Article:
And so it is that core concept that Edlund Tanjev wrote into the declaration on the right child at the top of Mount Celeb. 

And it was interesting because I I first came across this concept in 2012 when I went to South Africa because after apartheid fell, a constitution was drafted around the same time that the convention on the right. 

So a child was garnering the signatures that it needed to take effect. 

And the drafters of the South African Constitution following the fall of apartheid wrote all of these children's rights into the constitution. 

It become the most advanced constitution in the world with regard to children's rights. 

And so I wanted to go there and study how they were doing it, implementing the rights that they had adopted and integrated into their national constitution. 

And, and that's when I first learned about Ubuntu. 

And, and then I came back to the United States, you know, a few years later, and I encountered Gary Melton, who was a professor at the Kemp Center and had been writing about children's rights for years. 

And I found out that one of his favorite philosophies was Ubuntu. 

That, you know, we become, I become me through you, that the way that I interact with you, the way that I interact with children, the way that I, you know, serve children, treat them, respect their rights, that that ends up defining me. 

And Gary Melton was one of the reasons I first came to the Camp Center. 

And sadly, he passed away shortly after I arrived. 

And so we never had the opportunity to, to work together. 

But I actually had originally written this essay that's coming out this year in his honor because his his children's rights work dating back to the 20th century has has always been inspirational for me. 

And then to find out that he had the same resonance with Ubuntu was very inspiring to me. 

It's like, OK, this is not something that I'm making up. 

Ubuntu really is the spirit of Eglantyne Jeb and her vision for children and how the world should treat children 100 years ago, and it remains true today. 

And part of that spirit, that airing you mentioned before, things being dear to your heart, part of that part, as you know, is that we at the Kemp Center want to take the lessons that we've learned from all over the world and also make a difference in our own backyard. 

We have talked and we are working on, as an expression of that, making Colorado a model state for kids in any way that we can and to bring us now from this broader perspective into the world of child welfare. 

Our society's response to child abuse and neglect. 

I'm very happy, Warren, as you know, to share that we're making some progress on that front as well in the state of Colorado. 

And as we try to advance the well-being and the interests and the rights of children and youth in Colorado as well as across the country, we've made some interesting progress in very recent times. 

Here in the state of Colorado. 

There are currently actually two bills that are not yet law, but that appear to be on their way to becoming law. 

We're happy to say one is a kind of Bill of Rights for youth who may be in facilities because they are a part of the state's juvenile justice system.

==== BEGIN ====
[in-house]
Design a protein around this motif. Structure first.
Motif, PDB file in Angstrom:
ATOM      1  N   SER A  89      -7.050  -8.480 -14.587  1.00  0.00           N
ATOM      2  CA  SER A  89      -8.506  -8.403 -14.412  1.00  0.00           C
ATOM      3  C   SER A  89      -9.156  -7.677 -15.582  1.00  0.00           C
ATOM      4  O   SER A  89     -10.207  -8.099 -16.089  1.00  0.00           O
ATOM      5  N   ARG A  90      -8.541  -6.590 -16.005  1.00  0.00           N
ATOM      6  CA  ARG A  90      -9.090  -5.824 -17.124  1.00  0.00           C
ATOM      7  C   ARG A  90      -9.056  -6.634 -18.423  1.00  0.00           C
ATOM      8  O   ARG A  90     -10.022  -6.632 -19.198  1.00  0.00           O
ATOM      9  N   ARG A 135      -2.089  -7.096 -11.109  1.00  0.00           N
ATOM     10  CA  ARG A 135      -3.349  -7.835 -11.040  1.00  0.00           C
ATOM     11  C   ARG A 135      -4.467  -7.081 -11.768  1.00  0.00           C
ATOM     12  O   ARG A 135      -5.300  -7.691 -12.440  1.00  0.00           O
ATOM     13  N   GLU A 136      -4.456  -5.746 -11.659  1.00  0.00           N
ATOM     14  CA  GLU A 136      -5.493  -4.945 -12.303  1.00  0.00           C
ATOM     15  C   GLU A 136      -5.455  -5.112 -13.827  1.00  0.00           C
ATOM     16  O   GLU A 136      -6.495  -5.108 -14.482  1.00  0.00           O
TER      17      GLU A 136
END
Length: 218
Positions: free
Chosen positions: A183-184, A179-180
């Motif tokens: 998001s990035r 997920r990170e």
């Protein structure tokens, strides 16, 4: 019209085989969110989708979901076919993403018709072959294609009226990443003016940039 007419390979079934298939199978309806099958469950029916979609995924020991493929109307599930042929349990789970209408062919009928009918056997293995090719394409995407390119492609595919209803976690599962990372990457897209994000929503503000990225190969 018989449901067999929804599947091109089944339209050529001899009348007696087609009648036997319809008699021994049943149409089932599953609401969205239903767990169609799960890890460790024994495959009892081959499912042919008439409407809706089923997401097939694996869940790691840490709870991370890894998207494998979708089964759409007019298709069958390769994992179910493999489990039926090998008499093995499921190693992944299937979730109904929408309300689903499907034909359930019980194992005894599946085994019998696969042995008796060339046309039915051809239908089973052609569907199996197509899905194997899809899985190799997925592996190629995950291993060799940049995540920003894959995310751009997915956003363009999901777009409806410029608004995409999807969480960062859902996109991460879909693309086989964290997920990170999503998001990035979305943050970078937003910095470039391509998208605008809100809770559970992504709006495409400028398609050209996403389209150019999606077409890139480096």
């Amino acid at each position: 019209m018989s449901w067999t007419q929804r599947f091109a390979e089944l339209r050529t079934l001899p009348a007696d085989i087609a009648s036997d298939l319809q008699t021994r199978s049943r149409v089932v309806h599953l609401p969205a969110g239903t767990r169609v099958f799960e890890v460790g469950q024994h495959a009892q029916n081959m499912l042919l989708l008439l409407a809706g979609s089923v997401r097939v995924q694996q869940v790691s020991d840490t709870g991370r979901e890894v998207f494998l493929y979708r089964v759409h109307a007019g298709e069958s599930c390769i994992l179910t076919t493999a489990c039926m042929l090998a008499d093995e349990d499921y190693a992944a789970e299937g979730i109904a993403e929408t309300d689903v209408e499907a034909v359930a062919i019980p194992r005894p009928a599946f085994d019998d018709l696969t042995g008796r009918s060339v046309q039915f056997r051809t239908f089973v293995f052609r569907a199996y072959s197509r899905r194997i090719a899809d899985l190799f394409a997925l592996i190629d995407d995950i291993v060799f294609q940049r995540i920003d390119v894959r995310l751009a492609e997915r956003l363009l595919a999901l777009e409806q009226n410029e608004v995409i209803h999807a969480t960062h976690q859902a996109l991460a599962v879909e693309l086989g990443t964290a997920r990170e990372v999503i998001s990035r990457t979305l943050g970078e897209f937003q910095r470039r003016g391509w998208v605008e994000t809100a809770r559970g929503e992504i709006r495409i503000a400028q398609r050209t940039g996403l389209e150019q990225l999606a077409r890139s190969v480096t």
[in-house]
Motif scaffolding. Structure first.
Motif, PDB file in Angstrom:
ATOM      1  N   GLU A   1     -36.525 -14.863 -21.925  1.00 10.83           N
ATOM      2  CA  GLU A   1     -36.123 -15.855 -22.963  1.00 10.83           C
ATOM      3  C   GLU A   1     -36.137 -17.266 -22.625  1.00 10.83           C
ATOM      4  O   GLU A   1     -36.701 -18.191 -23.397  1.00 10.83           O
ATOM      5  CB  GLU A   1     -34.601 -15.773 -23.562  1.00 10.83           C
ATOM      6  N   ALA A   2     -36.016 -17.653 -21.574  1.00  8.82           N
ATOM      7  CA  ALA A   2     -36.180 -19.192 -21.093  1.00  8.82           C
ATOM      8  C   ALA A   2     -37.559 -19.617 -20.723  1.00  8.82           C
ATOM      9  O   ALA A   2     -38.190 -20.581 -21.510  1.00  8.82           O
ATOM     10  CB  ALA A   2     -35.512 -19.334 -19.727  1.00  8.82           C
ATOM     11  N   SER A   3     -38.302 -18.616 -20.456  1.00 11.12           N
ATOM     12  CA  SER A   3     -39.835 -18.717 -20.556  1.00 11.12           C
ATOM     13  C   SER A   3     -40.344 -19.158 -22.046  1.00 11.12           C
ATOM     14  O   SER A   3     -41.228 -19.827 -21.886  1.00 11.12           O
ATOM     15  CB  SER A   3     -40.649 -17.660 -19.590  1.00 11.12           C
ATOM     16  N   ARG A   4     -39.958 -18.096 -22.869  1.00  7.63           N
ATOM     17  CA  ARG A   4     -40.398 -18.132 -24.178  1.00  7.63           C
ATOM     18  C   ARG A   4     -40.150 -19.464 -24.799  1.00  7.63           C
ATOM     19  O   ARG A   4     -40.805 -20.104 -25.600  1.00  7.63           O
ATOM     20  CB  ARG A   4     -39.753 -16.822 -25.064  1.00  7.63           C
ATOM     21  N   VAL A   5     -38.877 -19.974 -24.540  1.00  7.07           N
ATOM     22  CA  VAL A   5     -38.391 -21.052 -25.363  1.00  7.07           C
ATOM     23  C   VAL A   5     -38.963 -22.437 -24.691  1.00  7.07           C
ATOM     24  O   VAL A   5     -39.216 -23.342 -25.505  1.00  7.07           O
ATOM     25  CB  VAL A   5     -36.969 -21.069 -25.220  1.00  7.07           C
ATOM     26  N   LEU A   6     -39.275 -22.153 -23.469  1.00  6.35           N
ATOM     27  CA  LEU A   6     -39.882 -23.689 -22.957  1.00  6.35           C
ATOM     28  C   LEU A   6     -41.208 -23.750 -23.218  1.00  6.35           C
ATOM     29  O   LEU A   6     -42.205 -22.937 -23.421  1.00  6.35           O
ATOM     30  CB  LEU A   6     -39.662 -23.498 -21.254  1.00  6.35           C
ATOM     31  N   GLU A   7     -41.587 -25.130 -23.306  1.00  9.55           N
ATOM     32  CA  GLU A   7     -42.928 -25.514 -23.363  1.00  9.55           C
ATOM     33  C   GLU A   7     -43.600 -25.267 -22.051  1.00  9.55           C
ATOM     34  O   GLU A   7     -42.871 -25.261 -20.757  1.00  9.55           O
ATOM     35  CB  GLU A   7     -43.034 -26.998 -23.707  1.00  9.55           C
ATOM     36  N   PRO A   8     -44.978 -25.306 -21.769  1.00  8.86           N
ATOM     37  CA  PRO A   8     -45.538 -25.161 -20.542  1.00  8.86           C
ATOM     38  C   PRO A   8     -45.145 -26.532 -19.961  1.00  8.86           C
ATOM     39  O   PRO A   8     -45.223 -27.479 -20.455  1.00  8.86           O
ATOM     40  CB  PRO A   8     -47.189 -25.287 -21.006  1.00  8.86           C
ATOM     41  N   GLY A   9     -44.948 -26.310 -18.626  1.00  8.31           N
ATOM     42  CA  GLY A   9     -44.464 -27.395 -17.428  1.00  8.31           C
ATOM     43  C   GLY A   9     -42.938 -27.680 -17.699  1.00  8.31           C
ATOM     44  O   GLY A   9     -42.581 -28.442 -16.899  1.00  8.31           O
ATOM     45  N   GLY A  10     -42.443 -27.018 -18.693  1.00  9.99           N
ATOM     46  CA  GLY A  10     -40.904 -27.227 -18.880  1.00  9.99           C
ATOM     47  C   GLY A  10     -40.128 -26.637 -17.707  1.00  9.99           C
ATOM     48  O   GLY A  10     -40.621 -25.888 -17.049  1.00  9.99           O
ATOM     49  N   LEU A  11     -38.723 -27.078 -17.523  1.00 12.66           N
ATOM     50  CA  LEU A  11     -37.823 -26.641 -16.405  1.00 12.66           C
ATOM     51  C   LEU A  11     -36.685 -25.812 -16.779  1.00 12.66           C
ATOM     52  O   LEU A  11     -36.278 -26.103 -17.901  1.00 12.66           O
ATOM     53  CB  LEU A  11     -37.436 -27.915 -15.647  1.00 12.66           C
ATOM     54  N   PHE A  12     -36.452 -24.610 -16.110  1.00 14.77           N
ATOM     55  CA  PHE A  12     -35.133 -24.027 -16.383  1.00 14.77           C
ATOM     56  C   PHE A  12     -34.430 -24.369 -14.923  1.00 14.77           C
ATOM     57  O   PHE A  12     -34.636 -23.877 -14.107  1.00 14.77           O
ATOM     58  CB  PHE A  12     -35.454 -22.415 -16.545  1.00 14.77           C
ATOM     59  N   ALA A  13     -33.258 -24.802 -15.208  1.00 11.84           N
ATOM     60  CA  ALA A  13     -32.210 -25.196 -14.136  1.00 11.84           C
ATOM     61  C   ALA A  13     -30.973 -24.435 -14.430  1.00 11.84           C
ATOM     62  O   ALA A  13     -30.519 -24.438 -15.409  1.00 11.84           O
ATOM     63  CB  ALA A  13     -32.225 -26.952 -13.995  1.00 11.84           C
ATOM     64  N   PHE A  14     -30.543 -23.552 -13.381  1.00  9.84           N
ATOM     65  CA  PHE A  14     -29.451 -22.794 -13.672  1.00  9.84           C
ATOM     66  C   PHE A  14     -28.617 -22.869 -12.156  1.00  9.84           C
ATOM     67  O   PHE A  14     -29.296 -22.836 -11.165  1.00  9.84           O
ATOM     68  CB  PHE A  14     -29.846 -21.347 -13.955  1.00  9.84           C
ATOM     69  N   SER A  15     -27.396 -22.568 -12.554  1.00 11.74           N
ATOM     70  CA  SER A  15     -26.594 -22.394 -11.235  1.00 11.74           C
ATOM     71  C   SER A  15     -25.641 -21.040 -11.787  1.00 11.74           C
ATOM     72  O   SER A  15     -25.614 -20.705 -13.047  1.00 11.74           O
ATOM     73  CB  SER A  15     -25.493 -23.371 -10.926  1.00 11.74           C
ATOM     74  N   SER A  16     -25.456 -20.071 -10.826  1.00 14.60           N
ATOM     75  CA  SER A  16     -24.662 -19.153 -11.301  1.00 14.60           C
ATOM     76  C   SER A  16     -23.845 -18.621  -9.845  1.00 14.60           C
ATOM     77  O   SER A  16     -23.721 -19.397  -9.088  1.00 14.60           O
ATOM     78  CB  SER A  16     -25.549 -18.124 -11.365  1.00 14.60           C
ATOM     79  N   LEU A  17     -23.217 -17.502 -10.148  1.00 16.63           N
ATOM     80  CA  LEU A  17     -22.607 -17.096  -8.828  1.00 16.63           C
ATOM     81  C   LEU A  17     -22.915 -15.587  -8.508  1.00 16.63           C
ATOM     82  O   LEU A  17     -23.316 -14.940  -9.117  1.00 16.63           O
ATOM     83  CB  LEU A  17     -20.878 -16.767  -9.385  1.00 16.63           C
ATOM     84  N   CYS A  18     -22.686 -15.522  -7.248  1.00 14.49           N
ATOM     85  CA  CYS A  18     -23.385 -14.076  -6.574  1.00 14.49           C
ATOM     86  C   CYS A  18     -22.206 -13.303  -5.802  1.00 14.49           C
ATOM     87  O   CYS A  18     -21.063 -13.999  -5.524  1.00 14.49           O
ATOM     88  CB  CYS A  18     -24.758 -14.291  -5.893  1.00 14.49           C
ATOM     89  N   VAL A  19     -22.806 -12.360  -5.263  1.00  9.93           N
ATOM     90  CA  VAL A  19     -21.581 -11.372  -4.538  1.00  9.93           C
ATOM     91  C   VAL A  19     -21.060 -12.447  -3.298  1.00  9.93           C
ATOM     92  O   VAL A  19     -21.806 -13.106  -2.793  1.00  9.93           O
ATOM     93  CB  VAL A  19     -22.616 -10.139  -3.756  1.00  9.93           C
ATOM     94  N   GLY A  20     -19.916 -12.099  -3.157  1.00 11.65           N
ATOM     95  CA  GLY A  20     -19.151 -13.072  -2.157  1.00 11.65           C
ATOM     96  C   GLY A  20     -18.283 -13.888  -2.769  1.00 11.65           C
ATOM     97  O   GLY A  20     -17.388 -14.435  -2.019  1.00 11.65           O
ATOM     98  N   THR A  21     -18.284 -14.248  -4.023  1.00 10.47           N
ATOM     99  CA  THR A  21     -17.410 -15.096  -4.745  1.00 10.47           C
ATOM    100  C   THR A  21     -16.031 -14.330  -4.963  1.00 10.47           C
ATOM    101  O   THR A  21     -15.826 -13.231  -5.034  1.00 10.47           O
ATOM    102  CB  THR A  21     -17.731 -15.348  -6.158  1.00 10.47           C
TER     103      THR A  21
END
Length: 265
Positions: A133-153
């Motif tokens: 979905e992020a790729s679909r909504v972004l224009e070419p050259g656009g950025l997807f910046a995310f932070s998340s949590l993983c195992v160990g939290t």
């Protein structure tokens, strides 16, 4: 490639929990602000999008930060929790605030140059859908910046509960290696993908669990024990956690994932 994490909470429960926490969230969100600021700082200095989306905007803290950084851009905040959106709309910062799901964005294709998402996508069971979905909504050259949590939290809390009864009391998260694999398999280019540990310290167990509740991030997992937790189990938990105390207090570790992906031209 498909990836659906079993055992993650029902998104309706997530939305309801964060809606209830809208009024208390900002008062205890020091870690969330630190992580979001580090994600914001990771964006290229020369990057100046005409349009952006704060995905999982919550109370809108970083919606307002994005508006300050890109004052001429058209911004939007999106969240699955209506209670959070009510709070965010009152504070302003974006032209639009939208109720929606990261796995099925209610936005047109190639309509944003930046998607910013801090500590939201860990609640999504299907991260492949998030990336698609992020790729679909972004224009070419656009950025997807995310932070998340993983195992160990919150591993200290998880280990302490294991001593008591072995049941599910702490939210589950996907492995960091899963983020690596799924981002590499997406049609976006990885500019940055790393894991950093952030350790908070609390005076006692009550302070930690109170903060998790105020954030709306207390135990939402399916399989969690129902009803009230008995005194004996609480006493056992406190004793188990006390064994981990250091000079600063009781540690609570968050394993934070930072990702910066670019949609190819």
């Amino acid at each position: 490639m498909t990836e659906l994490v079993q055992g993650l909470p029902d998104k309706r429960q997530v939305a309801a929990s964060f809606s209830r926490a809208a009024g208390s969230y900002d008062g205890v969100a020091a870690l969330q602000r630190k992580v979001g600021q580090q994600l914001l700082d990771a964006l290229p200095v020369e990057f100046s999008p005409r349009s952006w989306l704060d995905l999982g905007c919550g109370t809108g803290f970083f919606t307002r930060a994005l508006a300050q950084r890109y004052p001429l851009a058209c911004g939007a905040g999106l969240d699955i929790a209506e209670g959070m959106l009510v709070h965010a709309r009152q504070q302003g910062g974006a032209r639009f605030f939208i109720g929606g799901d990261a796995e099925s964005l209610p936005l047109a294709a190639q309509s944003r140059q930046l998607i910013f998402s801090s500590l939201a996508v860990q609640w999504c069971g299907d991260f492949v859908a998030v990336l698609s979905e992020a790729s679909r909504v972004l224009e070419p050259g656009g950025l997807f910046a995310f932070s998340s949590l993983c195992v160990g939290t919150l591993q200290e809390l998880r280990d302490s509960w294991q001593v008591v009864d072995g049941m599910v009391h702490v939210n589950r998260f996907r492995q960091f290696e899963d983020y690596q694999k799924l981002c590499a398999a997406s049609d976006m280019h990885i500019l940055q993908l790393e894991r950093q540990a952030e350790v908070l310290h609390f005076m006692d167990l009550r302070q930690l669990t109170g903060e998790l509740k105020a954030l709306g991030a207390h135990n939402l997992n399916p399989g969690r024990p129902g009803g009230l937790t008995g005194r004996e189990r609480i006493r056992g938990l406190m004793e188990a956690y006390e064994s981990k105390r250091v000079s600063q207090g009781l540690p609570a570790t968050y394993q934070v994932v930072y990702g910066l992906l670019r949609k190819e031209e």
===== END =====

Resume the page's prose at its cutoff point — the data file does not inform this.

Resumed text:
And so trying to express and make real the rights of kids in juvenile justice to be free of harm, to receive education and health care and things of that sort. 

But I'd like us to talk a bit about another bill which is being phrased as a Bill of Rights for youth in foster care. 

Although it's not just youth, Warren, as you know, it's kids of all ages, children and youth. 

And would you agree it's an attempt by us, isn't it, to make those things real right where we are? 

Well, absolutely, you know, and that really is the obligation of countries that become a member, you know, or become a party to this convention is that you're basically saying, yes, I believe in these principles and we will go ahead and translate these into domestic laws. 

And in the United States, of course, as we know, you know, family law and child welfare, that those are laws that are created at the state level, which means that if we want to change the laws so that they're consistent, you know, with this universal recognition of children's rights, that we need to be acting at the state and local levels. 

So we want to make sure that we're we are, you know, empowering parents to be able to provide adequately for their children. 

Like the UN Convention is not intended to say, OK, we're going to set up Aun distribution center in every state and every community. 

It's like, no, you need to support parents so that they can provide for their children. 

You know, if if children are being hurt, that it only then and the parents that are are hurting their children, if they're abusing their children, only then should children be taken away from their parents. 

And even when that happens, you still have to respect children's rights and if they're in protective custody. 

And those rights, of course, include the right to participation, which we talked about earlier. 

So that means that with the judge, the Trier of fact, they need to hear from the child, they need to hear what the child wants. 

It doesn't mean that the judge has to do with the child wants, but it absolutely means that the judge needs to hear what it is that the child wants in addition to thinking about what is in the child's best interest. 

And throughout that process, it's not just the right to participation that children have. 

It is exactly those rights that you're talking about moving through the Colorado legislature right now, which is the child's right to to to education, etcetera. 

And we need to make sure that, you know, it doesn't matter where the child is, whether they are with their parents or they're with kin, extended family members, or if they are in, you know, protective custody of the state or even in the juvenile justice system, that, you know, children still have inherent rights. 

They have all the rights that human beings have. 

And then they have special rights due to their status as children.